Connecting dots?

February 5, 2006 at 9:08 am | In yulelogStories | 6 Comments

Call me paranoid, but here’s something that bothers me: via very different sources, I came across two articles in the www.timesonline.co.uk today (Feb.4/06) that make very similar arguments, albeit for seemingly different purposes. Seemingly. The first, by Simon Jenkins, is called These cartoons don’t defend free speech, they threaten it. It begins with a soothing affirmation of inclusionist sentiments (sentimentality?) that publication of the offending cartoons (and c’mon, you know which ones, unless you’ve been under a rock) cannot be defended under the guise of freedom of speech and freedom of the press, and it then goes on to argue that unless the press censors itself (Mr. Jenkins, can you hear yourself here?), governments will be forced to accept the kind of crypto-fascist legislation that was only recently defeated in the UK:

The traditional balance between free speech and respect for the feelings of others is evidently becoming harder to sustain. (…) [um, tradititional, Mr. Jenkins? whatever do you mean?…]

(…) Last week there were demands from some (not all) Muslim leaders for governments to “apologise” for the cartoons and somehow forbid their dissemination. It was a demand that Jack Straw, the foreign secretary, commendably rejected. It assumed that governments had in some sense allowed the cartoons and were thus in a position to atone for them. Many governments might be happy to fall into this trap and seek to control deeds for which they may have to apologise. (…)

In all matters of self-regulation the danger is clear. If important institutions, in this case the press, will not practise self-discipline then governments will practise it for them. Ascribing evil consequences to religious faith is a sure way of causing offence. Banning such offence is an equally sure way for a politician to curry favour with a minority and thus advance the authoritarian tendency. The present Home Office needs no such encouragement.

Offending an opponent has long been a feature of polemics, just as challenging the boundaries of taste has been a feature of art. It is rightly surrounded by legal and ethical palisades. These include the laws of libel and slander and concepts such as fair comment, right of reply and not stirring racial hatred. None of them is absolute. All rely on the exercise of judgment by those in positions of power. All rely on that bulwark of democracy, tolerance of the feelings of others. This was encapsulated by Lord Clark in his defining quality of civilisation: courtesy.

Too many politicians would rather not trust the self-restraint of others and would take the power of restraint onto themselves. Recent British legislation shows that a censor is waiting round every corner. This past week must have sent his hopes soaring because of the idiot antics of a few continental journalists.

The best defence of free speech can only be to curb its excess and respect its courtesy. [page one and then page two…]

Got that? Let it sink in: what it means is that we have these wonderful freedoms here, and they’re ever so civilised, don’t you know, and never a nasty word is spoken and never a feeling is ruffled out of place, because — well, because our nice little freedoms are, well, nice, you know, and we don’t go around pissing anyone off, and as long as we don’t go pissing anyone off, then the government gets to play nice, too, you know, and keep everything real friendly, like. See? But if any of youse go pissing people off, well then, don’t come crying to any nice folks in the diplomatic corps if all of a sudden you find yourself with your very own dictatorial government on your hands that’s passing out fascist legislation on the homefront. ‘Cause the government really couldn’t help itself, it had to do something to rein all those nasty uncouth brutes in who weren’t being civilised!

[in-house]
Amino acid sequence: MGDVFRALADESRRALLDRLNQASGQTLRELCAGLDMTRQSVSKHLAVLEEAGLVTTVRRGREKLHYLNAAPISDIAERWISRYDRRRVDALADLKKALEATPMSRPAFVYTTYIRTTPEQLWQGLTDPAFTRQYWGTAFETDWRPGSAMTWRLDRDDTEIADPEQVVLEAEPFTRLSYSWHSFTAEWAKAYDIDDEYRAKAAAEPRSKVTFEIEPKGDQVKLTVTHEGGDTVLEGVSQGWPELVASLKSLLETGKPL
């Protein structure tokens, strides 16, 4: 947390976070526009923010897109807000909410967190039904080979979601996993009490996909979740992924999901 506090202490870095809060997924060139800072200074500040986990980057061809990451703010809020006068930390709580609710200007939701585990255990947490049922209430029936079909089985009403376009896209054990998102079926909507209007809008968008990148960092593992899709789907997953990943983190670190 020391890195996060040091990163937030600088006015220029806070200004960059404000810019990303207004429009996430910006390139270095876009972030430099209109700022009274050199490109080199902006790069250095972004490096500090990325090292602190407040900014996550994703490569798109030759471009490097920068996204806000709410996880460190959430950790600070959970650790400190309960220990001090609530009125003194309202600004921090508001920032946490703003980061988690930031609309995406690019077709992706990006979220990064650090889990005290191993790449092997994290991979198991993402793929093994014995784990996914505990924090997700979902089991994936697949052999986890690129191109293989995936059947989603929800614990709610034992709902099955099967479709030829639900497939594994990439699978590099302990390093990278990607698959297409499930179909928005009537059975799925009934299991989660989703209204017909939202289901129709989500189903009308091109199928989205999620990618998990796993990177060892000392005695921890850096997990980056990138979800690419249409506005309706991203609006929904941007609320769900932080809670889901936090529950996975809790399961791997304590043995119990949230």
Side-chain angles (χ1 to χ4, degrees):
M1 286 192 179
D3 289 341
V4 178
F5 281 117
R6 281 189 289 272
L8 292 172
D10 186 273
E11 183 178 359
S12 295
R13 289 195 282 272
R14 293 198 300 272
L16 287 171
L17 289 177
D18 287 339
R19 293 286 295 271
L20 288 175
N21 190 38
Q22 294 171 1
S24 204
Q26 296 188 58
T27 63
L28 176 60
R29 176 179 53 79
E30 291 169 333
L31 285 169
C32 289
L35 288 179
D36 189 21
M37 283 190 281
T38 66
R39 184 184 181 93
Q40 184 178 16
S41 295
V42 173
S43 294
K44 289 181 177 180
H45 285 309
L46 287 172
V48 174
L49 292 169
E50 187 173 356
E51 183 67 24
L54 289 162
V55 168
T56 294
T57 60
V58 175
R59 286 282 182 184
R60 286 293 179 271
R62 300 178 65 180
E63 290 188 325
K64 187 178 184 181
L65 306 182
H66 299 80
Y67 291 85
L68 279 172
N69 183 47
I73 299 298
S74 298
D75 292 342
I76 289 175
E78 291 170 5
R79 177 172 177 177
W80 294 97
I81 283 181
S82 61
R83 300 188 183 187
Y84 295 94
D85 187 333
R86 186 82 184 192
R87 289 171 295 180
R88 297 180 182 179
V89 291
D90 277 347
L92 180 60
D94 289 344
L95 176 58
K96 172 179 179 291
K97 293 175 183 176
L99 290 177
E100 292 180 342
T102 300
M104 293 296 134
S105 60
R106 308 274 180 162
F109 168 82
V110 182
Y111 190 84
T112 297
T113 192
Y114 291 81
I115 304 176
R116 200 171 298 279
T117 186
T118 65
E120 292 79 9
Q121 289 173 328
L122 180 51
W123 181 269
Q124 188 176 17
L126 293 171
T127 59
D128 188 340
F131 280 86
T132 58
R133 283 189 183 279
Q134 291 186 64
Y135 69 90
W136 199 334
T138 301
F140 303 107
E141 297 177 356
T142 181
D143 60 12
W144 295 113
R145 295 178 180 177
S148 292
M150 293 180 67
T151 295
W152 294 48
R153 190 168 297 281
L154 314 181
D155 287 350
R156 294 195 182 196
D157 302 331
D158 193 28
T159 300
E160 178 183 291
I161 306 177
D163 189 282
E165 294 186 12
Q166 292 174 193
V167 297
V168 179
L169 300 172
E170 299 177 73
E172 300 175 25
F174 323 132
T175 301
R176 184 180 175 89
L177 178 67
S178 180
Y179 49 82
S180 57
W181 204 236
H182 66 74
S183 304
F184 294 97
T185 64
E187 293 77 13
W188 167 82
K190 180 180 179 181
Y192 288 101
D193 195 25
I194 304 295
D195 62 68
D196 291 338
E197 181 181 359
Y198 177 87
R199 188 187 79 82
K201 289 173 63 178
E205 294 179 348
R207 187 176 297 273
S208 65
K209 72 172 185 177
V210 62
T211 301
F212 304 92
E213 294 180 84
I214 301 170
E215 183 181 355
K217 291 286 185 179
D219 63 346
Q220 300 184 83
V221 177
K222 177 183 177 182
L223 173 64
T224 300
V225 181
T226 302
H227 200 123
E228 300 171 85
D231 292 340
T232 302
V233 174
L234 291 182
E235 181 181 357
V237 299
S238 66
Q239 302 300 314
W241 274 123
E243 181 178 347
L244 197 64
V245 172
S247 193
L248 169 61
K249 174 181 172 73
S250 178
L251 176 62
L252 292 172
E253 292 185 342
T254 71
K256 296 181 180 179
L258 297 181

I think I’m going to weep.

And then, on the very same day, I read an opinion piece dated January 27 from the same paper, the www.timesonline.co.uk. It’s by Gerard Baker, and it’s called Prepare yourself for the unthinkable: war against Iran may be a necessity. Mr. Baker, uncannily, sounds just like Mr. Jenkins (or should that read: Mr. Jenkins sounds just like Mr. Baker?). Tewwibly, tewwibly ciwwiwised, don’t you know, as he makes his case for the postmodern post-orwellian white man’s burden:

THE UNIMAGINABLE but ultimately inescapable truth is that we are going to have to get ready for war with Iran. Being of a free-speaking, free-thinking disposition, we generally find in the West that hand-wringing, finger-pointing and second-guessing come more easily to us than cold, strategic thinking. Confronted with nightmarish perils we instinctively choose to seize the opportunity to blame each other, cursing our domestic opponents for the situation they’ve put us in. [More…]

Why do we have to face this “inescapable” truth? Because if we let Iran continue, our very own western governments will be forced (against their terribly civilised will, presumably) to crack down hard on our civil freedoms, all in the effort to keep us safe …from ourselves:

…the kind of society we live in and cherish in the West, a long way from Tehran or Damascus, will change beyond recognition [if Iran continues on its nuclear path and if we don’t pound it into the dust now, according to Baker]. We balk now at intrusive government measures to tap our phones or stop us saying incendiary things in mosques. Imagine how much more our freedoms will be curtailed if our governments fear we are just one telephone call or e-mail, one plane journey or truckload away from another Hiroshima. [More…]

And there you have it, dear civilised ladies and gentlemen: in order to preserve our cherished, civilised civil freedoms, we have to self-censor and make war. Make sense? Good, you may move up in the orwellian ranks.

—— ~~~ ——
Addendum: